The BRC said food price inflation had crashed to a two-year low of 3.1%. Well, it’s even better than that. As The Grocer Price Index reveals this week, if you factor in promotions (which we do, because 50% of spend is accounted for this way), year-on-year inflation in the big four is down to just 1.6%.
According to the GPI, inflation halved between June and July, driven down by a combination of price hikes last year and price cuts over the past month [BrandView.co.uk].
This time last year, post-promotion price inflation was running at 5%, the GPI reported, following aggressive price increases across almost all product categories. But this year prices have fallen by 0.6% month-on-month, with cuts coming from two-thirds of the 15 categories tracked.
As the nation geared up for the Olympics, soft drinks and snacks were expected to deliver the most show-stopping promotions, but the biggest month-on-month cuts - of more than 3% - came from baby, deli and frozen items. By comparison, soft drinks and confectionery, snacks and biscuit prices fell by just 1.3% and 1.8% respectively
Wholesale packaging prices: the only way is down
The only way is down as far as packaging prices are concerned. All 10 of the materials in our tracker are currently showing year-on-year and month-on-month falls, with seven out of 10 having declined by double-digit margins over the past year.
Much attention is focusing on the steel market, which has seen prices fall sharply in response to China upping its steel exports to their highest level since July 2010. At £473/tonne, steel prices are now nearly 20% below their July 2011 levels, and down 4.7% in the past month.
There have also been dramatic falls among plastics as crude oil prices have declined, with the influential Platts index for naphtha - a key feedstock for plastics - falling by 35% between March and June this year. Although crude and naphtha prices have since started rising, plastics are set to remain on a weaker trajectory because of low demand and strong global supplies.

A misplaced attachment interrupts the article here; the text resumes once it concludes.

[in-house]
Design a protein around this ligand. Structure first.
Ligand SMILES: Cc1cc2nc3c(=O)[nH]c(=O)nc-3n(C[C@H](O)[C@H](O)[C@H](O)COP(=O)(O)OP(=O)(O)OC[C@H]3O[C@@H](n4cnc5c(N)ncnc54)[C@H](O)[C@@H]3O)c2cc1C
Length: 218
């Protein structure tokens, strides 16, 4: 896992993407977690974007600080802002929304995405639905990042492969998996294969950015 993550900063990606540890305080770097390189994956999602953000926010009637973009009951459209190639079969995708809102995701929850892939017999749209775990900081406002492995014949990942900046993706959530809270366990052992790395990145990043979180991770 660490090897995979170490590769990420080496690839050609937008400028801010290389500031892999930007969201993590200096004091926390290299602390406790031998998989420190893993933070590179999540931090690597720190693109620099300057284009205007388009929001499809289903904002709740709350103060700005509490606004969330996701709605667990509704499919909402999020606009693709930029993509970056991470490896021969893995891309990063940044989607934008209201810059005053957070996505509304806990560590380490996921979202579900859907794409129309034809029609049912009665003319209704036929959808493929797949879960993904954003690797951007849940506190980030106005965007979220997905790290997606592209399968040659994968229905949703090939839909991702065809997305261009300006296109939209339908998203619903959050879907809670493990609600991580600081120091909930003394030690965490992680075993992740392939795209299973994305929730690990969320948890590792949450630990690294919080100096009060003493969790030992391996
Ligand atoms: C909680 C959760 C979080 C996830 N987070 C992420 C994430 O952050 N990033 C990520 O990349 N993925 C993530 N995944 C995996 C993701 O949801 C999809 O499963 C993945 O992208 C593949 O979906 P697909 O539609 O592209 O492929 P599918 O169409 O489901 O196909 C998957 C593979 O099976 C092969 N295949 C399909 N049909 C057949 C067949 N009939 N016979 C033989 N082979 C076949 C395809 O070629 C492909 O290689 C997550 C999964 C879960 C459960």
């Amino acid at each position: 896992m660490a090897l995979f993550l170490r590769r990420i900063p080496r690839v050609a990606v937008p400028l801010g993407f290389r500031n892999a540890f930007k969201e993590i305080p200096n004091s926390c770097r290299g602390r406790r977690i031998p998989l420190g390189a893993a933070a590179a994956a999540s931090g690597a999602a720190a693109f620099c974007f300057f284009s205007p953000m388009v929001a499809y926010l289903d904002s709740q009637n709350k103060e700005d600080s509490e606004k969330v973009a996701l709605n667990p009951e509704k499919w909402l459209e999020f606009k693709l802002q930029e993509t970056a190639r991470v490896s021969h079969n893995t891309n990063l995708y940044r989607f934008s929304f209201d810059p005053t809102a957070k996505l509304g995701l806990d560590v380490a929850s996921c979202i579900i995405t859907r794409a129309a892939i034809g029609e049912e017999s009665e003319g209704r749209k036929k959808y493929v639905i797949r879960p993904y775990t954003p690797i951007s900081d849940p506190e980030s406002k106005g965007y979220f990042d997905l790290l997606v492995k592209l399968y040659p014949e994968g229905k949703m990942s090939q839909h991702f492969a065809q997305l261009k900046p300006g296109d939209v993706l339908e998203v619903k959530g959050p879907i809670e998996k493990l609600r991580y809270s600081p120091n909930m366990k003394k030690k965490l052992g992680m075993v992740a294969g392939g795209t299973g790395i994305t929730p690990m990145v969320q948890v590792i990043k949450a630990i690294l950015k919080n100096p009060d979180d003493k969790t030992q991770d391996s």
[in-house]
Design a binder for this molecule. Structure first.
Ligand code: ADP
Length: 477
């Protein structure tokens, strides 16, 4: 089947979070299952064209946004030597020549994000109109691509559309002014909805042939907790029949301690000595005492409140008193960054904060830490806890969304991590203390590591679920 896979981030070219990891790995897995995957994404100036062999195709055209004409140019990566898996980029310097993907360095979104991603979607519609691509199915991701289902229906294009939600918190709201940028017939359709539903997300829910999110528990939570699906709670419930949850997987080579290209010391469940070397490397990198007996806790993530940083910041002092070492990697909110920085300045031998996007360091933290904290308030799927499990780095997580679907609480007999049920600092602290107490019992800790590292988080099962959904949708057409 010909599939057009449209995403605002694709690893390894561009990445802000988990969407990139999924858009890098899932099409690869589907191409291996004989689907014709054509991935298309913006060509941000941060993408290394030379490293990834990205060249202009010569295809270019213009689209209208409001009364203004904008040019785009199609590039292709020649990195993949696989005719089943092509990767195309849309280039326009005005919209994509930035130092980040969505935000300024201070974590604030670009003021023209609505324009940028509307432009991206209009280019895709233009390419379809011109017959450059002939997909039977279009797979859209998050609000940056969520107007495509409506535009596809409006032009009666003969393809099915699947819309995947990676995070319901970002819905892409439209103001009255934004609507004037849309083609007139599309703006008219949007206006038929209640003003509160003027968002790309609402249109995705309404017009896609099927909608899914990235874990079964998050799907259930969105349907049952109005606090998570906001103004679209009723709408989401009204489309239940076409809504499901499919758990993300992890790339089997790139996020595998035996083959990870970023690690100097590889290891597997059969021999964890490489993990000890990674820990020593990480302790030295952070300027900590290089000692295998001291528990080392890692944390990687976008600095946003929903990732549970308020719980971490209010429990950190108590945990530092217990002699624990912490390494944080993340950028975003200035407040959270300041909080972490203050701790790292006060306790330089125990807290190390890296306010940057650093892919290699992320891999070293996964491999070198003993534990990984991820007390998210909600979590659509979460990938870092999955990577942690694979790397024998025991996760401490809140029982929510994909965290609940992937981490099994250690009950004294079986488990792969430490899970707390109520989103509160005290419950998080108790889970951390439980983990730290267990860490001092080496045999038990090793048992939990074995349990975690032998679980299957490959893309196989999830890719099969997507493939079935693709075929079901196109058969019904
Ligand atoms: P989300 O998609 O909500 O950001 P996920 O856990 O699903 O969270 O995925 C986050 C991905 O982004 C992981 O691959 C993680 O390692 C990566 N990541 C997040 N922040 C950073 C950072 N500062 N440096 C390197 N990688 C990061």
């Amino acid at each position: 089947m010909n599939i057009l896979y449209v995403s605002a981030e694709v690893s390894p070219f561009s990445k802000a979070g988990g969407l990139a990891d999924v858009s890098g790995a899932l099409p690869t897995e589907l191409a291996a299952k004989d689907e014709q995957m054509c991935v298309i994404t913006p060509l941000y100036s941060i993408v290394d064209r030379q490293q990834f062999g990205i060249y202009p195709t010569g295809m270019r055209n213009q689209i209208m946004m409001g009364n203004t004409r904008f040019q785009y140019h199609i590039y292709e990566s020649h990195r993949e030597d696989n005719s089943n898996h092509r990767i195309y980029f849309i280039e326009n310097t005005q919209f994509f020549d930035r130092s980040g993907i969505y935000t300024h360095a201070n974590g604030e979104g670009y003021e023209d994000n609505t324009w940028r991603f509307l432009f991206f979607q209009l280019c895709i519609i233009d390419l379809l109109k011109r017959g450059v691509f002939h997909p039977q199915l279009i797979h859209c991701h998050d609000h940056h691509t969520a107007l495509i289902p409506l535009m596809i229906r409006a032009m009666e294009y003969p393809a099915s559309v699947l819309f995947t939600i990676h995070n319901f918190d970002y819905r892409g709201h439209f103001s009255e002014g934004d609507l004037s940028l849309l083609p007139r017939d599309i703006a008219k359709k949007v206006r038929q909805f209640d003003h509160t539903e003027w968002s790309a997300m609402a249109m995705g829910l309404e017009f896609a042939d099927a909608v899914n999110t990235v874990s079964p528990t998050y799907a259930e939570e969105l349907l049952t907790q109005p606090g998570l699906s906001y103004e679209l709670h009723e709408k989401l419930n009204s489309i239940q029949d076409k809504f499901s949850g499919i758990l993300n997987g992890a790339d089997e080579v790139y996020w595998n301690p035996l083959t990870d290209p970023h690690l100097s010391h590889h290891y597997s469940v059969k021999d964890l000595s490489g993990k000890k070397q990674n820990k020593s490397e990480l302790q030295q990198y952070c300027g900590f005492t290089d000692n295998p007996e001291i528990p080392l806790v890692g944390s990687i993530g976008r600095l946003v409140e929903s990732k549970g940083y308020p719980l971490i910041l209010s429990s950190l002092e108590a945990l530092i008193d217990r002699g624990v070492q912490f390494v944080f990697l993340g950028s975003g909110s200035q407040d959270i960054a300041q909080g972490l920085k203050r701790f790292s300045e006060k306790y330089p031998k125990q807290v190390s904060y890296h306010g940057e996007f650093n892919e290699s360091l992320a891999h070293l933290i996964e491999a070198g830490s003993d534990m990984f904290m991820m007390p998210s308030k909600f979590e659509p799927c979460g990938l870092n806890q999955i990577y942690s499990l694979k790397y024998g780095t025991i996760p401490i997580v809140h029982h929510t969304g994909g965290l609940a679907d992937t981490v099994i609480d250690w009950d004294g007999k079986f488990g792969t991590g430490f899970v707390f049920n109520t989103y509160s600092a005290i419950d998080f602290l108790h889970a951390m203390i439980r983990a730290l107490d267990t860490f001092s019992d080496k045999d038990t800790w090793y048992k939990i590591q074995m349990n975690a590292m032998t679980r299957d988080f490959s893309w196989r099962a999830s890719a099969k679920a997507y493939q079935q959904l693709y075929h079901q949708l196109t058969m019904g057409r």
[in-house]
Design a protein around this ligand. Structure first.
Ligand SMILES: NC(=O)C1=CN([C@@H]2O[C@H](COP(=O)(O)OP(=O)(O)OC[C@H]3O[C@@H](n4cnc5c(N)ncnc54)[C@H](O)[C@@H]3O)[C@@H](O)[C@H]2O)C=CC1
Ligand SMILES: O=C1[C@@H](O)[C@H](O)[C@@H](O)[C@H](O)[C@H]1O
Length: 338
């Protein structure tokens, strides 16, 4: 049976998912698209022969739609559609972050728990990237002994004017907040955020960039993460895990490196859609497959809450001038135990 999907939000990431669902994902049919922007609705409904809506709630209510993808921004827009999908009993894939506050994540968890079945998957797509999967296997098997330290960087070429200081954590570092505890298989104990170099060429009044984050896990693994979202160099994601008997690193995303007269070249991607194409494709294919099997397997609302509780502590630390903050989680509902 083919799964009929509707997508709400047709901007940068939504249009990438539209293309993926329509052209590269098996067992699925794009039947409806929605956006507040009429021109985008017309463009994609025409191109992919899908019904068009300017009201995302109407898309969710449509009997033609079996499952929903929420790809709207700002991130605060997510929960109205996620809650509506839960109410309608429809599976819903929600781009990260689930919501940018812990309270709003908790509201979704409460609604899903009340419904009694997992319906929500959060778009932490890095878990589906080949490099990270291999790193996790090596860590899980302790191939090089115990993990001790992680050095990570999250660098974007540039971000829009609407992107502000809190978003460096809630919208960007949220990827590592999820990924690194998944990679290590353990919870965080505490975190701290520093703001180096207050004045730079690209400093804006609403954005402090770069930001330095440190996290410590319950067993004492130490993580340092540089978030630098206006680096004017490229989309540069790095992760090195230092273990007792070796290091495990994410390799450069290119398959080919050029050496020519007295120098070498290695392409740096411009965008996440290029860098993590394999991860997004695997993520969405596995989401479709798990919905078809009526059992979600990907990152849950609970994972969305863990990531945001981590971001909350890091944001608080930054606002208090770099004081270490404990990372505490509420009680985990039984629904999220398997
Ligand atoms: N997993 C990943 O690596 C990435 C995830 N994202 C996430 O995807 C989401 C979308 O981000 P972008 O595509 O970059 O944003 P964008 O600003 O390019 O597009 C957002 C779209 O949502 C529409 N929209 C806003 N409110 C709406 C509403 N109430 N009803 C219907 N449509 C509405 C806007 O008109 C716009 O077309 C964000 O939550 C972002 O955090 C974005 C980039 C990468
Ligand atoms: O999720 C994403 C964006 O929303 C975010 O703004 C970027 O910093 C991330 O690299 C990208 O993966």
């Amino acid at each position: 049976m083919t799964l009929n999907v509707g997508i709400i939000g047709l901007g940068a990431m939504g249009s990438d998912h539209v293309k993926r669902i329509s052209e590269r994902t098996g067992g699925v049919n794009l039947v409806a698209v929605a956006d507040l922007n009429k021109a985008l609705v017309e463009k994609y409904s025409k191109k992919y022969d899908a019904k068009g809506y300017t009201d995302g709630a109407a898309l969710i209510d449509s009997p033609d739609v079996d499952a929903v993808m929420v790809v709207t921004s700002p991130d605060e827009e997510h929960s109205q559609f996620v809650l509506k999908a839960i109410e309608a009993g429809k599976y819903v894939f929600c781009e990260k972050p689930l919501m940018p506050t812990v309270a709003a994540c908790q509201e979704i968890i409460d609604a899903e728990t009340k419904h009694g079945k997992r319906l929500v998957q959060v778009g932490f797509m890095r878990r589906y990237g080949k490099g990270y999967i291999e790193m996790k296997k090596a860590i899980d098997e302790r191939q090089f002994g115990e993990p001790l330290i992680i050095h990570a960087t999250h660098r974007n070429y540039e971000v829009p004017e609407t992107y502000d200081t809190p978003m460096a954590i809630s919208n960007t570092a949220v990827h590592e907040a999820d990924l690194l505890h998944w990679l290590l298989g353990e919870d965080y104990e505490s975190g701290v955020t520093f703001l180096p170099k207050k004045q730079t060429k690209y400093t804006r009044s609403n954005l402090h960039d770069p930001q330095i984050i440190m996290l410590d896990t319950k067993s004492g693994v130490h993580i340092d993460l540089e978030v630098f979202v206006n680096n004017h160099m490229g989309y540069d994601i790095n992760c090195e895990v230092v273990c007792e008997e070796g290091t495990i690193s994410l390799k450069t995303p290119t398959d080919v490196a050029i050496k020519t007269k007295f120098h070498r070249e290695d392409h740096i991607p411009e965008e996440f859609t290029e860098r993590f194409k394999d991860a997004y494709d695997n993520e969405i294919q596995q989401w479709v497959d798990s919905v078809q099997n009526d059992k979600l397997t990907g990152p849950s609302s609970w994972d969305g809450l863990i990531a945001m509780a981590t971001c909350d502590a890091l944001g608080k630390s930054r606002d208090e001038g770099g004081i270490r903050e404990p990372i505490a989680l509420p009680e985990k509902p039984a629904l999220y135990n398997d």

In addition to pre-Olympics deals, lower costs on some commodities also contributed to lower food price inflation, but such commodity-related gains are likely to be short-lived. “The relief may not last,” said BRC director general Stephen Robertson. “Poor harvests, especially of corn and wheat in the USA, are creating a build-up of inflationary pressure.”
Morrisons kept the tightest lid on inflation in July, beating Asda into second place with an inflation rate of just 0.6%. Its low inflation was driven largely by cheaper frozen products, which were a whopping 10.5% cheaper in July than in June, as well as baby products, which were down 5.7% month-on-month.
Overall inflation figures for Asda, Sainsbury’s and Tesco all came in at just under 2%, but prices varied more widely when stripping out the effect of promotions. At a base price level, Asda was the clear winner, keeping inflation down to just 0.3% in July, with a 7% year-on-year reduction in meat, fish and poultry base prices.
At 2.5%, base price inflation was highest at Sainsbury’s, but the Paralympics sponsor invested heavily in promotional price reductions, giving it an overall inflation rate of 1.9%. Its biggest cuts came from deli and biscuits as well as confectionery and snacks.
Waitrose continued to keep inflation down, having made a significant move on price in May when it expanded Brand Price Match to all branded groceries. Both before and after promotions were factored in, inflation was running at 1.2%.